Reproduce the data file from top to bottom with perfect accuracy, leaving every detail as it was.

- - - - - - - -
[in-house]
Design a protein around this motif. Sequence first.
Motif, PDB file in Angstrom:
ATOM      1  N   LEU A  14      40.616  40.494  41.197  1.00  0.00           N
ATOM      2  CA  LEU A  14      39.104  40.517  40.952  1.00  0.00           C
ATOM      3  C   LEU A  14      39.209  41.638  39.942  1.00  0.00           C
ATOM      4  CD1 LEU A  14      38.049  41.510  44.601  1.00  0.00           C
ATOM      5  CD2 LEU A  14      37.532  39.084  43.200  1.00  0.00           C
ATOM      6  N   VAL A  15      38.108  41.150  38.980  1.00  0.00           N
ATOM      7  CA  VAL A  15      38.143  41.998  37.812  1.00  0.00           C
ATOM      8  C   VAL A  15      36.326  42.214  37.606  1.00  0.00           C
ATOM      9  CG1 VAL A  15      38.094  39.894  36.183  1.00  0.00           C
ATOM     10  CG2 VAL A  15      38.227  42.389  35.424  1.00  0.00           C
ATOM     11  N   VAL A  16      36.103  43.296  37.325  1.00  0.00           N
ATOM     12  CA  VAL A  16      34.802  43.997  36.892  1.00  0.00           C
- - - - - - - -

[in-house]
Design a protein around this motif. Sequence first.
Motif, PDB file in Angstrom:
ATOM      1  N   LEU A  14      40.616  40.494  41.197  1.00  0.00           N
ATOM      2  CA  LEU A  14      39.104  40.517  40.952  1.00  0.00           C
ATOM      3  C   LEU A  14      39.209  41.638  39.942  1.00  0.00           C
ATOM      4  CD1 LEU A  14      38.049  41.510  44.601  1.00  0.00           C
ATOM      5  CD2 LEU A  14      37.532  39.084  43.200  1.00  0.00           C
ATOM      6  N   VAL A  15      38.108  41.150  38.980  1.00  0.00           N
ATOM      7  CA  VAL A  15      38.143  41.998  37.812  1.00  0.00           C
ATOM      8  C   VAL A  15      36.326  42.214  37.606  1.00  0.00           C
ATOM      9  CG1 VAL A  15      38.094  39.894  36.183  1.00  0.00           C
ATOM     10  CG2 VAL A  15      38.227  42.389  35.424  1.00  0.00           C
ATOM     11  N   VAL A  16      36.103  43.296  37.325  1.00  0.00           N
ATOM     12  CA  VAL A  16      34.802  43.997  36.892  1.00  0.00           C